Home Latest News Jordan Executes Jihadists After I.S. Murder of Pilot

Jordan Executes Jihadists After I.S. Murder of Pilot

by AFP
Jordanians in Amman protest Kaseasbeh’s killing. AFP

Jordanians in Amman protest Kaseasbeh’s killing. AFP

Middle Eastern nation promises ‘earth shattering’ retaliation to brutal video of Kaseasbeh being burnt alive.

Jordan executed two death-row Iraqi jihadists, including a woman, on Wednesday after vowing to avenge the burning alive of one of its fighter pilots by the Islamic State group.

Would-be suicide bomber Sajida al-Rishawi and Al Qaeda member Ziad al-Karboli were hanged before dawn at a prison south of the capital, the government said. Jordan had promised to begin executing Islamic extremists on death row in response to the murder of Muath al-Kaseasbeh, who was captured by I.S. when his plane went down in Syria in December.

Jordan’s King Abdullah II cut short a visit to Washington after a gruesome video of the airman’s killing emerged, describing Kaseasbeh as a hero and vowing to take the battle to I.S.

Egypt-based Al-Azhar, Sunni Islam’s most prestigious seat of learning, called for the “killing, crucifixion or chopping of the limbs” of I.S. militants, expressing outrage over their “cowardly act.”

Rishawi, 44, was sentenced to death for her participation in triple hotel bombings in Amman in 2005 that killed 60 people. I.S. had offered to spare Kaseasbeh’s life and free Japanese journalist Kenji Goto—who was later beheaded—if she were released.

Jordan had on Tuesday vowed to avenge the killing of Kaseasbeh, hours after the harrowing video emerged online purporting to show the caged 26-year-old F-16 fighter pilot engulfed in flames. The video—the most brutal yet in a series of recorded killings of hostages by I.S.—prompted global revulsion and vows of unwavering international efforts to combat the extremist group. The killing sparked outrage in Jordan and demonstrations in Amman and the city of Karak, the home of Kaseasbeh’s influential tribe.

The executions came just weeks after Jordan ended an eight-year moratorium on the death penalty, drawing criticism from human rights groups.

Rishawi was closely linked to I.S.’s predecessor organization in Iraq and seen as an important symbol for the jihadists. Karboli was sentenced to death in 2007 on terrorism charges, including the killing of a Jordanian in Iraq.

Jordan, a crucial ally of Washington in the Middle East, is one of several Arab countries that have joined a U.S.-led coalition carrying out airstrikes against I.S. in Syria and Iraq.

The New York Times, quoting U.S. officials, reported Wednesday that the United Arab Emirates had suspended its participation in December after Kaseasbeh’s capture due to fears for the safety of its pilots. There was no official confirmation of the report.

Jordan promised to avenge the pilot’s murder, with government spokesman Mohammad al-Momani saying: “Jordan’s response will be earth-shattering.”

U.S. President Barack Obama, who hosted King Abdullah in a hastily organized Oval Office meeting, led international condemnation of the murder, decrying the “cowardice and depravity” of I.S. He said the brutal killing would only strengthen international resolve to defeat the extremists. British Prime Minister David Cameron, who has sent warplanes to join the U.S.-led strikes against I.S. in Iraq, denounced “the sickening murder.”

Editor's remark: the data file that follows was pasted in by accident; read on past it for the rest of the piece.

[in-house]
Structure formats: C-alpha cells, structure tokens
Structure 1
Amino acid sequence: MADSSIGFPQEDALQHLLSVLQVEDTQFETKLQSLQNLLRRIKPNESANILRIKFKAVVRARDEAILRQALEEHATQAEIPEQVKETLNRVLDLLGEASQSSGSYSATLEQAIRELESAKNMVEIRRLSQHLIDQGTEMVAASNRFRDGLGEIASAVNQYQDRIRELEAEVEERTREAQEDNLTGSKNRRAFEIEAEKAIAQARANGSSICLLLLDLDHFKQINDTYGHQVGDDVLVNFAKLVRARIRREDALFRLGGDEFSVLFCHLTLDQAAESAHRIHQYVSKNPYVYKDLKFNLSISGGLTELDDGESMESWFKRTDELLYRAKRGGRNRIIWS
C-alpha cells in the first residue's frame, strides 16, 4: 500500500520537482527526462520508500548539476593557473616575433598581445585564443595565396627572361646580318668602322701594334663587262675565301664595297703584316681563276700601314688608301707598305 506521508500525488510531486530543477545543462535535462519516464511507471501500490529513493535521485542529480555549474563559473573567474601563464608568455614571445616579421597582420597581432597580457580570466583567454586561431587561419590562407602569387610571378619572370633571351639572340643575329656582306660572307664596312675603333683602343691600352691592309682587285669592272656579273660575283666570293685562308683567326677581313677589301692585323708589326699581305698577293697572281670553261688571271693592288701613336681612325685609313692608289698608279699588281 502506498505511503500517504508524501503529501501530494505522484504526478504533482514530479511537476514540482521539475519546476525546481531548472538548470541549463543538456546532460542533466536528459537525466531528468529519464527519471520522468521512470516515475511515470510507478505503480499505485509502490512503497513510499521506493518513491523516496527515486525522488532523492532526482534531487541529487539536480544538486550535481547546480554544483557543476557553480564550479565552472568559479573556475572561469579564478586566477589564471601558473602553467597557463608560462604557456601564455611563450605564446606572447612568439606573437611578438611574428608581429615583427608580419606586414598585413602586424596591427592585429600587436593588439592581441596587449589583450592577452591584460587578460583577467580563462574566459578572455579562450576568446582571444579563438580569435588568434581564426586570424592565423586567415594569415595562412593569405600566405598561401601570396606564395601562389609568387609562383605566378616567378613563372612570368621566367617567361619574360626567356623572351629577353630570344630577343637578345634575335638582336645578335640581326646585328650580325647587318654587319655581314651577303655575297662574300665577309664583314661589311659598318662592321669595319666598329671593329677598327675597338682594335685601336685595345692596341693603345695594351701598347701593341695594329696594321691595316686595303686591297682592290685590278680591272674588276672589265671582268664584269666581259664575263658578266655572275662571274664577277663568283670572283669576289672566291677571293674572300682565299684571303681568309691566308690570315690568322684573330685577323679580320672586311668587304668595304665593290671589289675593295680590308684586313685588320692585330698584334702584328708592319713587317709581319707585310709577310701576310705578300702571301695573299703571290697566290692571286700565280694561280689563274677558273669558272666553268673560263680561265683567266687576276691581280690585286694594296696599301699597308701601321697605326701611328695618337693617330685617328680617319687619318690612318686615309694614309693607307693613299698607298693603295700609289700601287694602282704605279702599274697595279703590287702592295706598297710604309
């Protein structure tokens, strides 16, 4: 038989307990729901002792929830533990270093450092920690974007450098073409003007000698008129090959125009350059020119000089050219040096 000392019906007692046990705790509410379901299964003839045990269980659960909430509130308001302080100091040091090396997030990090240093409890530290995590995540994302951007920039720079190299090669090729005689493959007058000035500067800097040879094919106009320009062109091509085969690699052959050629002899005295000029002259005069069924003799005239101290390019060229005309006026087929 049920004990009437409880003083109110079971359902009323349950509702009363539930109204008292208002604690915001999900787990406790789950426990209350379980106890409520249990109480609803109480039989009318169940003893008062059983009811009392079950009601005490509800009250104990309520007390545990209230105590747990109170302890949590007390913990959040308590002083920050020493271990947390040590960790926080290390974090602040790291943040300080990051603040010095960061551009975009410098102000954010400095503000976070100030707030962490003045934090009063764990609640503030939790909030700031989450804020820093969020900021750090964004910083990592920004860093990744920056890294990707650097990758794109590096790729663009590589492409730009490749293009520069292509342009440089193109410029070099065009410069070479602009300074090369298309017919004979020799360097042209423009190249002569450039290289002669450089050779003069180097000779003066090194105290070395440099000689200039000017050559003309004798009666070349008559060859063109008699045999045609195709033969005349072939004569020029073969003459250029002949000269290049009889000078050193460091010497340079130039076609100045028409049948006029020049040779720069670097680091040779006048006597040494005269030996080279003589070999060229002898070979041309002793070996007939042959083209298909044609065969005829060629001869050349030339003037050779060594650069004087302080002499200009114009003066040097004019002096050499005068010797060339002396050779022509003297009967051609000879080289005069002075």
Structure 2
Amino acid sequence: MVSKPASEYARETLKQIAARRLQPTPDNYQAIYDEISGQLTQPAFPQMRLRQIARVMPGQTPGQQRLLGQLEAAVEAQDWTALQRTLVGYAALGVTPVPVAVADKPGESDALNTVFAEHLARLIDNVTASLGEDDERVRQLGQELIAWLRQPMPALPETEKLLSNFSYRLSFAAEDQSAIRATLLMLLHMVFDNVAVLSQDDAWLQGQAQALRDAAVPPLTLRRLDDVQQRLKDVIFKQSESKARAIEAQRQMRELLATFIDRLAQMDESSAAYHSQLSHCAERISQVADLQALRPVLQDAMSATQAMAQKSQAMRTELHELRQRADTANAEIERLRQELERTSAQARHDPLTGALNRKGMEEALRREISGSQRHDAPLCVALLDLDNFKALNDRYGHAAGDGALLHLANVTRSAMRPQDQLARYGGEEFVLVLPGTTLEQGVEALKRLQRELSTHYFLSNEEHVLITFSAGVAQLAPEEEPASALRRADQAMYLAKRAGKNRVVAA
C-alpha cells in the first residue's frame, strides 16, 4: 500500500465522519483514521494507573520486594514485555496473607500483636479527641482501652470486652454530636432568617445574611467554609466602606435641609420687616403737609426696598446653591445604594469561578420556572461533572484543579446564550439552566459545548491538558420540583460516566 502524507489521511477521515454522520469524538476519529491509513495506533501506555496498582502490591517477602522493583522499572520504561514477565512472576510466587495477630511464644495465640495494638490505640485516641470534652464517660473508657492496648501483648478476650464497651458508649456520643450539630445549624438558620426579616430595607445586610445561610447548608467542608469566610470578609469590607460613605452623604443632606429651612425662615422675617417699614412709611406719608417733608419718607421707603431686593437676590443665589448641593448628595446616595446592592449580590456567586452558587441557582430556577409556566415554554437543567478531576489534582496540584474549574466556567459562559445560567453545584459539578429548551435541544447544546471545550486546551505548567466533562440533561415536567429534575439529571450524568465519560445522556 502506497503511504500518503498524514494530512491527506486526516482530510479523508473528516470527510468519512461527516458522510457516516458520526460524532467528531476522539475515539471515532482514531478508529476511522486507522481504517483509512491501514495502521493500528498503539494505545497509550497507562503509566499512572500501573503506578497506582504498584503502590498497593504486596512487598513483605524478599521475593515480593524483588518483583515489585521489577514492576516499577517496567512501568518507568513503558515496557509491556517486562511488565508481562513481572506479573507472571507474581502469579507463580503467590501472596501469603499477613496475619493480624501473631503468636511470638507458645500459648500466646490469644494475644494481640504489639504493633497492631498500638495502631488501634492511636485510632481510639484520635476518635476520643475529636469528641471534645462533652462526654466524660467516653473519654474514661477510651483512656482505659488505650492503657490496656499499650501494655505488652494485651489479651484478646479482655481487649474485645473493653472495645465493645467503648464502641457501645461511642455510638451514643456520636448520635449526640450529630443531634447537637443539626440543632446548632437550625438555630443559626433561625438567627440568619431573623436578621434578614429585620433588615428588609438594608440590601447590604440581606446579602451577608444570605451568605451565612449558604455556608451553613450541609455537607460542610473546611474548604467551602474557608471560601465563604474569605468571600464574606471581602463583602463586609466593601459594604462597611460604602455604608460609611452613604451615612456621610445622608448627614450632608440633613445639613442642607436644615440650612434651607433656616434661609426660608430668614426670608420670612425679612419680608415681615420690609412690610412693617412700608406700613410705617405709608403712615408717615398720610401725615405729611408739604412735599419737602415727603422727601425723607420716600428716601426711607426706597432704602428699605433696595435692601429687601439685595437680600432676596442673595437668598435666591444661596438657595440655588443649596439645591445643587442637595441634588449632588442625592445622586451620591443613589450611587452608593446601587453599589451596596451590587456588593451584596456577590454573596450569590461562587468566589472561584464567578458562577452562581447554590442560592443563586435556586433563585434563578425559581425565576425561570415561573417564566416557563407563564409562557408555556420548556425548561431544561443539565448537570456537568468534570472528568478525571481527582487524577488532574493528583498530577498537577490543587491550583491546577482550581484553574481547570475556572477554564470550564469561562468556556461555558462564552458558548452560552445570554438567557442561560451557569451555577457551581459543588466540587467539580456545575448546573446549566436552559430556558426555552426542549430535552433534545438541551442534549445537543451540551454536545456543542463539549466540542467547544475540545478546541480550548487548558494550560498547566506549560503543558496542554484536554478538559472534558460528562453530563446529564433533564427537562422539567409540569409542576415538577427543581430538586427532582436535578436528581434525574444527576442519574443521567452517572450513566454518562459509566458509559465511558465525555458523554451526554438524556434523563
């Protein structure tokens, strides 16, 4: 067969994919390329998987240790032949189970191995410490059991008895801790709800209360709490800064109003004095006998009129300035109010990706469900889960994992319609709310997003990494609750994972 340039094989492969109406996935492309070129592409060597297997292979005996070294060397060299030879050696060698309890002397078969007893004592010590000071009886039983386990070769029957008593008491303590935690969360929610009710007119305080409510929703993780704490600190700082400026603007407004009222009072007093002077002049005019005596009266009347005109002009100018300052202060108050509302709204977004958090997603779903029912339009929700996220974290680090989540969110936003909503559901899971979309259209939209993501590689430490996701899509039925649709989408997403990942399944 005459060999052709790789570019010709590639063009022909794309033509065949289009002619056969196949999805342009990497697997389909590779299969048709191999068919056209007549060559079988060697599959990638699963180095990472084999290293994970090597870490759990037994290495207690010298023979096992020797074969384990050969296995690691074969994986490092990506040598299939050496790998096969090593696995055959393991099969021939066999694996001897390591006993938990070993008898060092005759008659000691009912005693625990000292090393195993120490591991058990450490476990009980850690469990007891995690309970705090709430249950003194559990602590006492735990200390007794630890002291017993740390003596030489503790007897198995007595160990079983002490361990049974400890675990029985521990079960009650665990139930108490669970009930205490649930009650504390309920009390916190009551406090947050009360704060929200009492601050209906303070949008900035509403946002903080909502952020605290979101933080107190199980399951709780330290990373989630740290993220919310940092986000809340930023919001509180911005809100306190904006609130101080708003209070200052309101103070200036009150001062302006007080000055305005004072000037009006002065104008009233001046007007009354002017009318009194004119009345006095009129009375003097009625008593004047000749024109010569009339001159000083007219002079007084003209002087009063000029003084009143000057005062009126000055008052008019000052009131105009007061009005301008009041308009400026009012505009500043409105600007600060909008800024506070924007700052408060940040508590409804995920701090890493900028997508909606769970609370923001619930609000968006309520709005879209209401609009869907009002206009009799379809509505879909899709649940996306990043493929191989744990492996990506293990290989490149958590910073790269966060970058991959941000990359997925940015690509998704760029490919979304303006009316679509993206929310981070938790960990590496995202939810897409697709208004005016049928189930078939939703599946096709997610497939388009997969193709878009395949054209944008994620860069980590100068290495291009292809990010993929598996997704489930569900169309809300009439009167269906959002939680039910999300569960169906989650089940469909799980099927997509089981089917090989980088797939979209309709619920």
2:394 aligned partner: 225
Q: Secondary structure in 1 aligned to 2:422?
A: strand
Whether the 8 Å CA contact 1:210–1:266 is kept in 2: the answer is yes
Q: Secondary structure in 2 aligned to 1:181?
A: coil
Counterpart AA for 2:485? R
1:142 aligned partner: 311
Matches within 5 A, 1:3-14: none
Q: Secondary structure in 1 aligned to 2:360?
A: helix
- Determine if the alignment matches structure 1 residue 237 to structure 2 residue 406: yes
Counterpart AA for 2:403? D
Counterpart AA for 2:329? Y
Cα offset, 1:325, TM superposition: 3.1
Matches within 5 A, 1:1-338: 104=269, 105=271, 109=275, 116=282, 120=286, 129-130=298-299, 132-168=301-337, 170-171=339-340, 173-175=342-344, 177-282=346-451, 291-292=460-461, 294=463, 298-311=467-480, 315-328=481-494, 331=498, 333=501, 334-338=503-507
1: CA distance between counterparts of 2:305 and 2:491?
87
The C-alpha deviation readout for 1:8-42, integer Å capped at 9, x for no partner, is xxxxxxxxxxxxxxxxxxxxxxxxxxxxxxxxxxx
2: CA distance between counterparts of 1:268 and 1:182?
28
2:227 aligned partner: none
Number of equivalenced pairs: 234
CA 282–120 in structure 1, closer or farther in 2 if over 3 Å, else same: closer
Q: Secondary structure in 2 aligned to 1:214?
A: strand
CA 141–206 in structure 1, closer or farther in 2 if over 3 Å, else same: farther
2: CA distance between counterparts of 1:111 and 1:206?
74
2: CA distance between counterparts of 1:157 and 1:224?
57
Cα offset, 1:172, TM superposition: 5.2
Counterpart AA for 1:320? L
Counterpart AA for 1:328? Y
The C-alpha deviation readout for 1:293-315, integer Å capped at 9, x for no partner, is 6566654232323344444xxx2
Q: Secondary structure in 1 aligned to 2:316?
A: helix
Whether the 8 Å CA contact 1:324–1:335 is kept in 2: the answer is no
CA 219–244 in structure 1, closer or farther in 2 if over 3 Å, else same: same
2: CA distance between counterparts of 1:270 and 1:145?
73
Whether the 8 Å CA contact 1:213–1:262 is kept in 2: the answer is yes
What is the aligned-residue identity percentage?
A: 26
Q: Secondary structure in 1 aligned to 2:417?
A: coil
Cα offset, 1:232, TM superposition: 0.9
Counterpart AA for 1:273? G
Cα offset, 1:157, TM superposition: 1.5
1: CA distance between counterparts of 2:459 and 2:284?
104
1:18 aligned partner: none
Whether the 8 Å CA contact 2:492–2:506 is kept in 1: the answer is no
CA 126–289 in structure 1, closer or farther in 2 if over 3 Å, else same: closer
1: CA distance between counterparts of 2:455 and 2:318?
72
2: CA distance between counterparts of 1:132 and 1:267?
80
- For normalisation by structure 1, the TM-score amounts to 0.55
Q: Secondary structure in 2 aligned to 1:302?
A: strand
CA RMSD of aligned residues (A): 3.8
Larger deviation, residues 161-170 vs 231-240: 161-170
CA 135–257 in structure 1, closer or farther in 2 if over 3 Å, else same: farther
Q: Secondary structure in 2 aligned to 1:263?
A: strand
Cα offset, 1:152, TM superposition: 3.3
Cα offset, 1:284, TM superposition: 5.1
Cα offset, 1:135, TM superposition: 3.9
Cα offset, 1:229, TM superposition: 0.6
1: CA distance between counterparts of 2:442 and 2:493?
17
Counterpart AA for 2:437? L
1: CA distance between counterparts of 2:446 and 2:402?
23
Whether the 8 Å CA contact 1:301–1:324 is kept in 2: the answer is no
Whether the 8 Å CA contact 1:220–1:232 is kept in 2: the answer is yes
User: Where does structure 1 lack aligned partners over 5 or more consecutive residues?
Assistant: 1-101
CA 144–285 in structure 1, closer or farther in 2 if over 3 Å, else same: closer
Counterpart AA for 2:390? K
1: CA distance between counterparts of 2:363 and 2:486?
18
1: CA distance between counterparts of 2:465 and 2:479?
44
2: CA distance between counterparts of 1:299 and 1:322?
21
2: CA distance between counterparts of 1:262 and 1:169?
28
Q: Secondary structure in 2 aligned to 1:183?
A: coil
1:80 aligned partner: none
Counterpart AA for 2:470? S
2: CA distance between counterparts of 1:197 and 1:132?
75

“We will not stop until these evil extremists and their poisonous ideology are defeated,” he added.

The opposition Syrian National Coalition offered condolences for the execution of the airman “whose blood mingled with the soil of our beloved Syria.”

Kaseasbeh was captured in December when his jet crashed over northern Syria on a mission that was part of the coalition air campaign against the jihadists. Jordanian state television suggested he was killed on Jan. 3, before I.S. offered to spare his life and free Goto in return for Rishawi’s release.

The highly choreographed 22-minute video released Tuesday shows Kaseasbeh at a table recounting coalition operations against I.S., with flags from the various Western and Arab countries in the alliance projected in the background. It then shows Kaseasbeh dressed in an orange jumpsuit and surrounded by armed and masked I.S. fighters in camouflage. It cuts to him standing inside a cage and apparently soaked in petrol before a masked jihadist lights a trail of flame that runs to the cage and burns him alive.

Saudi Arabia, the spiritual home of Islam and another member of the coalition, condemned the “misguided ideology” behind Kaseasbeh’s killing and accused groups like I.S. of seeking “to distort the values of Islam.” The U.A.E. said the actions of I.S. “represent epidemics that must be eradicated by civilized societies without delay.” Iran condemned the “inhuman and un-Islamic act.”

I.S. had previously beheaded two U.S. journalists, an American aid worker and two British aid workers in similar videos.

Shiraz Maher, from the International Center for the Study of Radicalization at King’s College, London, described the latest footage as “simply the most horrific, disgusting thing I have seen from Islamic State in the last two years.”

I.S. has seized swathes of territory in Syria and Iraq and last year declared a “caliphate” in areas under its control, imposing its brutal interpretation of Islam and committing widespread atrocities. Kaseasbeh was the first serviceman from the coalition captured since it launched strikes against I.S. last year.

The Jordan Times said in an editorial that the country would rally against the “ruthless” murder of the pilot “who is now the son of all Jordanians.”

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